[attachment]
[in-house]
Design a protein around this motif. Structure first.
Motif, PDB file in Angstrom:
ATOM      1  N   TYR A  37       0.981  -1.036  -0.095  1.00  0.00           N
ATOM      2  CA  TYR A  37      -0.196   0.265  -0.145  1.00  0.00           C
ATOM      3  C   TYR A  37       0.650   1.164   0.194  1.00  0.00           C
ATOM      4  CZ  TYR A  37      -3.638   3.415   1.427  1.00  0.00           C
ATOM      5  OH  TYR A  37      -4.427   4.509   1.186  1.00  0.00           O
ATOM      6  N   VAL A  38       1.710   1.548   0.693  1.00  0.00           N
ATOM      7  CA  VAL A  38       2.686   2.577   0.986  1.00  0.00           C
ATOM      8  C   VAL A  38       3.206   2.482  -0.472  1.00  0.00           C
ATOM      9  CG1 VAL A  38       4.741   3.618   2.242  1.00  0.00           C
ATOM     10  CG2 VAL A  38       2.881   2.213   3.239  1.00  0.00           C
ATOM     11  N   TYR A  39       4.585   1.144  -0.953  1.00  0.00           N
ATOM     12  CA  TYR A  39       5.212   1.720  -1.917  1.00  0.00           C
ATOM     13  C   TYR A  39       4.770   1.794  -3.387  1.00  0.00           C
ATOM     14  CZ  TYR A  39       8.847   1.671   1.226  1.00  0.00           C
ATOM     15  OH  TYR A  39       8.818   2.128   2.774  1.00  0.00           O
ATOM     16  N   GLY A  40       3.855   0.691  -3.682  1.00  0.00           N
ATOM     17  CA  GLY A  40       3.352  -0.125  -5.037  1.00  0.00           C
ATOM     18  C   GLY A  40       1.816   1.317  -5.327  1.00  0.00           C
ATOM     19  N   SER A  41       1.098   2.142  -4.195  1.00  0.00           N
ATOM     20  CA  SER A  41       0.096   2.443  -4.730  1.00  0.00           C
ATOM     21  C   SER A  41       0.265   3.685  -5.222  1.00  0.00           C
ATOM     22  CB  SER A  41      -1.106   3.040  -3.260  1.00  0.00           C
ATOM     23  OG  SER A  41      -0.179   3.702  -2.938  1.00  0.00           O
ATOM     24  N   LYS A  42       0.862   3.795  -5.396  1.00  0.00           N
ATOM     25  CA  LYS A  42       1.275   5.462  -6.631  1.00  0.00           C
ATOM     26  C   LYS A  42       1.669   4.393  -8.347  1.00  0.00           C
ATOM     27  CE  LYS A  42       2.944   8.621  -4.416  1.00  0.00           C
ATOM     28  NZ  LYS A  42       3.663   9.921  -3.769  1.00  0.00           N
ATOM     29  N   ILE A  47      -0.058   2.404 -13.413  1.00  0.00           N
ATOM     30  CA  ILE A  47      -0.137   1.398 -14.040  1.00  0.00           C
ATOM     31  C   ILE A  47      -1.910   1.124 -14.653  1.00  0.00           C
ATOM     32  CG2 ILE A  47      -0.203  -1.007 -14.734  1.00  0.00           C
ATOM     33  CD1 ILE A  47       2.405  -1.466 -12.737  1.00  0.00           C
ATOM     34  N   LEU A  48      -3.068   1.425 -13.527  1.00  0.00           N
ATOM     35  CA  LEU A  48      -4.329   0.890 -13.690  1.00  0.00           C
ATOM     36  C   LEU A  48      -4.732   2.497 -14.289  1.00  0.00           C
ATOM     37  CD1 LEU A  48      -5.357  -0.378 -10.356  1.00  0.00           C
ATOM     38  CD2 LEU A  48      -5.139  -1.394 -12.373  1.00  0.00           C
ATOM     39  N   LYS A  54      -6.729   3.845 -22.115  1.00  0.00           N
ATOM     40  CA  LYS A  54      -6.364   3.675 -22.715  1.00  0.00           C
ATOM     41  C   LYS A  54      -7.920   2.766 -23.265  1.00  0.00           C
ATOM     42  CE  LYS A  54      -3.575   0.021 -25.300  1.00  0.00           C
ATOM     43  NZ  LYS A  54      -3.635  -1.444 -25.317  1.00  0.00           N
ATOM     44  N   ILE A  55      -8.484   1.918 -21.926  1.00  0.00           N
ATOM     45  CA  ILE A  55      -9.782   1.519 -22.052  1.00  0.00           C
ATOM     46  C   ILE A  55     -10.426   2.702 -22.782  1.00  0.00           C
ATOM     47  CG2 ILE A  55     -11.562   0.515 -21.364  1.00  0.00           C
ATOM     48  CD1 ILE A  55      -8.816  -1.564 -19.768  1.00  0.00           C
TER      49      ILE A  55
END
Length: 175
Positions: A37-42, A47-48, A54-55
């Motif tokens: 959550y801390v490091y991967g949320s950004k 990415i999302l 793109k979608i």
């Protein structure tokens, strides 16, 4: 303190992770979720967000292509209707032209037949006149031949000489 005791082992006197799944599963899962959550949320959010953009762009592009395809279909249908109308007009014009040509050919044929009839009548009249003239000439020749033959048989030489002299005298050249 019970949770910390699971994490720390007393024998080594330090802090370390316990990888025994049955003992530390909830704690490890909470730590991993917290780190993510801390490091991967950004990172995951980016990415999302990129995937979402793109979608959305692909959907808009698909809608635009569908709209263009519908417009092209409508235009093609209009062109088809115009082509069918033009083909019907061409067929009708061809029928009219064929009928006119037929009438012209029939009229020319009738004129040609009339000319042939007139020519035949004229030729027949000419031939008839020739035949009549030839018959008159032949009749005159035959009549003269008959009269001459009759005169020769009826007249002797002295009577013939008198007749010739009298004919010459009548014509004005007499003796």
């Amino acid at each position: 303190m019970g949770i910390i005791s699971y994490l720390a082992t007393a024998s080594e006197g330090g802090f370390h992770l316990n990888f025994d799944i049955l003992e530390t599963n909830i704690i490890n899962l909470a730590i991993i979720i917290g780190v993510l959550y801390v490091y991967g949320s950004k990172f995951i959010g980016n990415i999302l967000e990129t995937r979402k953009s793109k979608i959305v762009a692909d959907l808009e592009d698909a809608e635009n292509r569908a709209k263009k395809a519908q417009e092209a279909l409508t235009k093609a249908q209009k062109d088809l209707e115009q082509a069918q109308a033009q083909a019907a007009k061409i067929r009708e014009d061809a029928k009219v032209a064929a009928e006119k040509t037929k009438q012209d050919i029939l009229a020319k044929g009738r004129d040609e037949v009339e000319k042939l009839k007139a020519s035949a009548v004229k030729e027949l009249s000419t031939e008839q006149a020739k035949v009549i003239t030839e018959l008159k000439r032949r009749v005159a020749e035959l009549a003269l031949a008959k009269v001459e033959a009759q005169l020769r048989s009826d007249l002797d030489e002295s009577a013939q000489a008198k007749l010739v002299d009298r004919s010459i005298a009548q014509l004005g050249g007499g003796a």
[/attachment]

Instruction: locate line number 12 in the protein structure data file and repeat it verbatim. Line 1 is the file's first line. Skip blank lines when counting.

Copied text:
ATOM      9  CG1 VAL A  38       4.741   3.618   2.242  1.00  0.00           C